It's hard to put into words. Maybe it's kind of like Zombi(U), except really good and well designed with more survival aspects (but it's not a drab sandbox, it's not that kind of survival, it's all about the main campaign which takes like 10 or 15 hours to finish so average FPS adventure length I suppose, it's a very condensed game with little padding - though you can pad it yourself with loot runs it's not even advisable, as more days pass there are less resources to find and more zombies or something, it doesn't get too bad and you can also find better loot later on in various ways but maybe it can unbalance your game if you go nuts with it early on, I dunno). It has LOTS more awesome details in its systems but they were so cool to discover happening during play that I don't wanna spoil more, I was editing one in about the human enemies just now but I kinda already said too much maybe, haha, trust me, play this, it's good.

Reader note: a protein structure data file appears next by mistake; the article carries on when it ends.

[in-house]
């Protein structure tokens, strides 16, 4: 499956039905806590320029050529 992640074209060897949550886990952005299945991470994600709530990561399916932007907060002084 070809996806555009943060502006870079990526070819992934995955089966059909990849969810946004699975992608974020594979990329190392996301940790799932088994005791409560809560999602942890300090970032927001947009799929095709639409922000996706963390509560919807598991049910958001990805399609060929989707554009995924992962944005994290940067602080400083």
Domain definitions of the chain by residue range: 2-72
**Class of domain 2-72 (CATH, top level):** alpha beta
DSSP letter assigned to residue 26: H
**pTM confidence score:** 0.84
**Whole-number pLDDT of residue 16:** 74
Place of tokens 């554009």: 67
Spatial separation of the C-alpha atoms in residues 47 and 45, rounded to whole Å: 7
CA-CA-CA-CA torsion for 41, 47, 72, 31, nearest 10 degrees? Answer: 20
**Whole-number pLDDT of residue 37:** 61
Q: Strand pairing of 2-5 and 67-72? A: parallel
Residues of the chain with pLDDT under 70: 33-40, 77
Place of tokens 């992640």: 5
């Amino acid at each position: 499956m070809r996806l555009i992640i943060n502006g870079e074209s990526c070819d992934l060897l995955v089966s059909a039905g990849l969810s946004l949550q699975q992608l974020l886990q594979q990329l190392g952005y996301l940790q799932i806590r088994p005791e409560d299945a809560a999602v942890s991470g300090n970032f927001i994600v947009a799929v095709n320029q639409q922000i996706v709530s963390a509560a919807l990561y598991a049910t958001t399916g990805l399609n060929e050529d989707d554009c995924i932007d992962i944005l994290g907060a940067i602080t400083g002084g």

I still feel every VR developer making a game that involves shooting should play Onward, it's not perfect in every way but it got intuitive, natural and realistic locomotion and use of weapons, attachments and gadgets down to a T years ago. Somehow others still fumble in some ways.
    Last edited by Al3xand3r; 7th Feb 2020 at 19:17.

  7. #1157
    Level 10,000 achieved
    Registered: Mar 2001
    Location: Finland
    There's a thread for the Walking Dead game as well: https://www.ttlg.com/forums/showthread.php?t=150318

    After all the hype it's getting I'm pretty much gonna have to play it, won't I? Currently replaying Bioshock, but I might get to TWD next.

  8. #1158
    New Member
    Registered: Sep 2010
    Quote Originally Posted by henke View Post
    There's a thread for the Walking Dead game as well: https://www.ttlg.com/forums/showthread.php?t=150318

    After all the hype it's getting I'm pretty much gonna have to play it, won't I? Currently replaying Bioshock, but I might get to TWD next.